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Obama Urges Action On Stimulus Plan

President Barack Obama and congressional Democrats sought to ease Republican complaints about a massive economic stimulus plan Friday, meeting with GOP leaders in the White House and promising to consider some of their recommendations.

Many Republican lawmakers say the $825 billion package is too costly, and that too much of the spending is for long-range projects that will not stimulate the economy quickly. Some economists say the package should be even bigger, however, and it was unclear whether Republicans would have much impact.

House and Senate GOP leaders "had some constructive suggestions, which we'll review," House Speaker Nancy Pelosi, D-Calif., told reporters after the meeting with Mr. Obama and House and Senate leaders from both parties in the White House's Roosevelt Room.

Speaking briefly before the meeting started, Mr. Obama urged bipartisan support for the package, adding that he wanted to hear the Republicans' concerns.

"I know that it is a heavy lift to do something as substantial as we're doing right now," Mr. Obama said. "I recognize that there are still some differences around the table and between the administration and members of Congress about particular details on the plan.

"But I think what unifies this group is a recognition that we are experiencing an unprecedented, perhaps, economic crisis that has to be dealt with, and dealt with rapidly."

He thanked congressional leaders for working quickly to move the rescue package that he says will create 3 million to 4 million new jobs.

"That is going to be absolutely critical and it appears that we are on target to make our President's Day weekend," he said. President's Day falls on Monday, Feb. 16.

Mr. Obama wants it known that he'll be paying very close attention to the financial crisis, getting a daily economic briefing, just as he does for national security, reports CBS News White House correspondent Bill Plante.

"The president asked that this be added to the schedule as the country is in the midst of an economic crisis and emergency," White House press secretary Robert Gibbs said.

Mr. Obama also said that any legislation governing the use of an additional $350 billion in financial industry bailout money must include new measures to ensure accountability and transparency.

After the meeting, House Republican Leader John Boehner said he and his colleagues told Mr. Obama they feel the stimulus package is too expensive and too slow. He said Republicans told Mr. Obama of their own plans to "get fast-acting tax relief in the hands of American families and small businesses, because, at the end of the day, government can't solve this problem."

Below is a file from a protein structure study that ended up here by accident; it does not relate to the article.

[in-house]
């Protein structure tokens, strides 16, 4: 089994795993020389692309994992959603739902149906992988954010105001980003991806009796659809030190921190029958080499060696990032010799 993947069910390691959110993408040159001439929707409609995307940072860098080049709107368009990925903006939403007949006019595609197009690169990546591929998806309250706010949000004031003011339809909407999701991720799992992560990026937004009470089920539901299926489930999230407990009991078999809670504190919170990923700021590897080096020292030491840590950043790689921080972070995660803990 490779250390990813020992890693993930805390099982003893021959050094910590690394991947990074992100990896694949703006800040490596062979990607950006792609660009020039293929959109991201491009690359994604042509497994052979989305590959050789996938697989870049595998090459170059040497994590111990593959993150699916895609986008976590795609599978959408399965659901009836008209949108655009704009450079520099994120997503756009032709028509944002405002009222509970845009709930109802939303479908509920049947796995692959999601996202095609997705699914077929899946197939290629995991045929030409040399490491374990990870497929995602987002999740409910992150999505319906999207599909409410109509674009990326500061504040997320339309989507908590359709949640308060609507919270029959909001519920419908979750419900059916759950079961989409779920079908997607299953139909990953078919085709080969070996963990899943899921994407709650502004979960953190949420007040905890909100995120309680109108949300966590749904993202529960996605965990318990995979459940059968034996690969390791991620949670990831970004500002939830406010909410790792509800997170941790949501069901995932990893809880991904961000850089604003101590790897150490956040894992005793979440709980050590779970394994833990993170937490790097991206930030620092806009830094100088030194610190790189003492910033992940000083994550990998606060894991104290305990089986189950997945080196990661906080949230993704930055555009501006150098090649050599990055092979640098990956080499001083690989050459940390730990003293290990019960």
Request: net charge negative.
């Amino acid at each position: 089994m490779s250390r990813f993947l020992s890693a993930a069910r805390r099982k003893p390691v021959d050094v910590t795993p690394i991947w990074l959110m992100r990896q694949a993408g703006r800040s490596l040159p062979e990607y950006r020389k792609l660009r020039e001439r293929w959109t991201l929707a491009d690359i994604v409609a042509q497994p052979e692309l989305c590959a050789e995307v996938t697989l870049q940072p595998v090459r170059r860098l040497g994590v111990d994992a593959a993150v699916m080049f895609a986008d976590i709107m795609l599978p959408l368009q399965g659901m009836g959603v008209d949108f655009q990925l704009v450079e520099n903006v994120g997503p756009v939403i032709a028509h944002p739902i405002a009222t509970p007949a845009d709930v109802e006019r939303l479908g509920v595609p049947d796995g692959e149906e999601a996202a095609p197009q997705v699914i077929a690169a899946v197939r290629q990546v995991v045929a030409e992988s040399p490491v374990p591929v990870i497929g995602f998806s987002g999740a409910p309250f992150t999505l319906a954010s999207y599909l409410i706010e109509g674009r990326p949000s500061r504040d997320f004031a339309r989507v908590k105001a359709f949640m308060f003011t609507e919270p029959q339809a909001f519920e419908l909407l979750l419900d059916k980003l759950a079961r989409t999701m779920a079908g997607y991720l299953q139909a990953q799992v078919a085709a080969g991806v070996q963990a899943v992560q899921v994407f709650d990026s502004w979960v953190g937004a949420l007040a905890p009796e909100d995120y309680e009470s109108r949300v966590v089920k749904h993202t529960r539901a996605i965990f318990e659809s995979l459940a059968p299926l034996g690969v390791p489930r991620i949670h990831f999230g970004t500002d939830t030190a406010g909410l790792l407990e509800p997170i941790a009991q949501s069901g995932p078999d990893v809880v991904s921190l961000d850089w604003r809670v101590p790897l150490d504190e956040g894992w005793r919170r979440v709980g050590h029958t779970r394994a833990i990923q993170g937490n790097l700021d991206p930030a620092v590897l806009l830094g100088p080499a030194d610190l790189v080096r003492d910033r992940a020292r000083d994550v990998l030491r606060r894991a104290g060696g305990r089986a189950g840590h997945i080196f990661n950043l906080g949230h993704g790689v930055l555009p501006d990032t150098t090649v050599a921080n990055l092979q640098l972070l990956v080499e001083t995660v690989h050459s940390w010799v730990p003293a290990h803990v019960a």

House Republican Whip Eric Cantor of Virginia interviewed on CBS's The Early Show Thursday, said Republicans worry that much of the plan that Democrats are pushing "does not stimulate the economy," said Cantor. He singled out a provision that would spend millions to weatherize poor people's homes, saying it was a worthy goal but that it does nothing to create new jobs.

"[It] may be a good thing but why is it stimulative?" Cantor asked.

Mr. Obama's meeting with the bipartisan leadership Friday comes in the midst of increasingly grim economic news. Government reports showed the number of new all-time low in December. Microsoft Corp. said it would slash up to 5,000 jobs over the next 18 months, while chemical maker Huntsman Corp. said it would cut more than 1,600 employees and contractors combined.

Republicans have been seeking deeper tax cuts and have said there was no reliable estimate of the bill's impact on employment.

Democrats tried to mitigate the impact of a Congressional Budget Office study that questioned administration claims that the money could be spent fast enough to reduce joblessness quickly.

After attending the White House meeting, Senate Majority Leader Harry Reid, D-Nev., said there was "significant discussion about the CBO numbers." He said Mr. Obama's budget director, Peter Orszag, who recently headed the CBO, told participants that the study analyzed only 40 percent of the pending stimulus bill and that Orszag "would guarantee that at least 75 percent of the bill would go directly into the economy within the first 18 months."

Also on Friday, Senate Finance Committee Chairman Max Baucus unveiled a Senate version of the tax-cutting portion of the bill. Social Security recipients would get a bonus payment of $300 under the plan. Its tax cuts and spending proposals total $355 billion. It will be paired with $400 billion in further spending proposed by the Appropriations Committee on the Senate floor.

The House version of the bill advanced in committees this week. Republicans, who are in the minority, were unable to make inroads with their proposals.

The House Ways and Means Committee on Thursday approved $275 billion in tax cuts on a party-line vote of 24-13. The House Energy and Commerce Committee, also working on the bill, cleared $2.8 billion to expand broadband communications service. And on Wednesday night, the House Appropriations Committee approved a $358 billion spending measure on a 35-22 party-line vote.

Mr. Obama is scheduled to meet with House Republicans next week, at their request. But by then the House bill could be on the floor awaiting a vote.

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